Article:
Taylor Swift Still Isn’t Relinquishing the Charts

Rhonda Vincent's Good Thing Going Is Highest-Debuting CD

OK, Taylor. We get the message. You want it all — and you want to keep it. The talented Miss Swift isn’t budging from her solid perches at the top of Billboard’s country albums and songs charts, where she sits with Taylor Swift and “Our Song,” respectively.

To make life even sweeter, Swift also has this week’s highest vaulting new single, “Picture to Burn,” which bows at No. 52. The only other first-time songs are Dierks Bentley’s “Trying to Stop Your Leaving” (No. 57), Carter’s Chord’s “Young Love” (No. 59) and Lila McCann’s “That’s What Angels Do” (No. 60).

Rhonda Vincent’s Good Thing Going is the week’s top-charting new album, coming on at an impressive — especially for bluegrass — No. 35. Also making its initial entry on the albums list is The Best of the Johnny Cash TV Show: 1969-1971. It checks in at No. 47.

Two songs return to the charts after brief absences: the Eli Young Band’s “When It Rains” (No. 54) and Brooks & Dunn’s “Cowboy Town” (No. 58).

The soundtrack to Toby Keith’s film, Broken Bridges, stages a comeback at No. 49. Other albums returning to the charts are Alan Jackson’s Like Red on a Rose (No. 70), Joe Nichols’ Real Things (No. 72), the Alan Jackson-George Strait-Jimmy Buffett collection, Live at Texas Stadium (No. 73) and Ronnie Milsap’s 16 Biggest Hits (No. 74).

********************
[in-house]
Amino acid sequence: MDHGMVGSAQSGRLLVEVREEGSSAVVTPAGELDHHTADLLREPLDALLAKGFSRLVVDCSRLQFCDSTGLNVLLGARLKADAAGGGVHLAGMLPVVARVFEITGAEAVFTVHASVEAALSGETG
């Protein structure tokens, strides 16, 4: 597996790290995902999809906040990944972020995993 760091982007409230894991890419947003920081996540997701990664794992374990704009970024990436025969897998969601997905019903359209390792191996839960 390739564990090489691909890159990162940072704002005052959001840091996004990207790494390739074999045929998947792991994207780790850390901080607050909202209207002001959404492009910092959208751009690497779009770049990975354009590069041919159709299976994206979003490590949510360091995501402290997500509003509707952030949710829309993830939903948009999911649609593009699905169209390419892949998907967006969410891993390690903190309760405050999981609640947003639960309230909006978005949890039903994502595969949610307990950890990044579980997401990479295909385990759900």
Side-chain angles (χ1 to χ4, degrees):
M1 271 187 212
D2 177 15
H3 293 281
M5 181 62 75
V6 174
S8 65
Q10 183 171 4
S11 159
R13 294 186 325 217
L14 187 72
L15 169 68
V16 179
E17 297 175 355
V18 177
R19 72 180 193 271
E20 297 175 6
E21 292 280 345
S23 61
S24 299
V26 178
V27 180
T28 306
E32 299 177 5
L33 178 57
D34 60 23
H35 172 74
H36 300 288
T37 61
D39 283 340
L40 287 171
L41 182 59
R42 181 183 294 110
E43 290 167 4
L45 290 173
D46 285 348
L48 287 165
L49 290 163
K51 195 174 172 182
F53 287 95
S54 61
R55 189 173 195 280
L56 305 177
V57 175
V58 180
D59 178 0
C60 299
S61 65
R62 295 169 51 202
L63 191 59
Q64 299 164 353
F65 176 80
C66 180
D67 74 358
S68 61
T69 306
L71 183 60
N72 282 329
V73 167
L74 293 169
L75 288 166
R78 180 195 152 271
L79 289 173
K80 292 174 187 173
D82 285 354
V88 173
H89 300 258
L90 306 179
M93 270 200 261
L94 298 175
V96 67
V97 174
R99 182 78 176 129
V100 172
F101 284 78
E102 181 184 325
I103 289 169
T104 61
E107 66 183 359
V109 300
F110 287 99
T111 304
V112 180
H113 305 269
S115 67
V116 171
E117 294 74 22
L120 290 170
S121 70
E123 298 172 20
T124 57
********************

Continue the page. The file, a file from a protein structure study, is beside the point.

Trooping directly behind Swift’s self-titled album within the Top 5 are the Eagles’ Long Road Out of Eden, Garth Brooks’ The Ultimate Hits, Sugarland’s Enjoy the Ride and Carrie Underwood’s Carnival Ride.

Following Swift’s “Our Song,” the No. 2 through No. 5 entries, in that order, are Sugarland’s “Stay,” Rascal Flatts’ “Winner at a Losing Game,” Montgomery Gentry’s “What Do Ya Think About That” and Brad Paisley’s “Letter to Me.”

Kenny Chesney’s “Shiftwork” is coming on strong, bounding this week from No. 14 to No. 9.

Now tell us, Taylor, have you ever heard of sharing?

Edward Morris is a veteran of country music journalism. He lives in Nashville, Tennessee, and is a frequent contributor to CMT.com.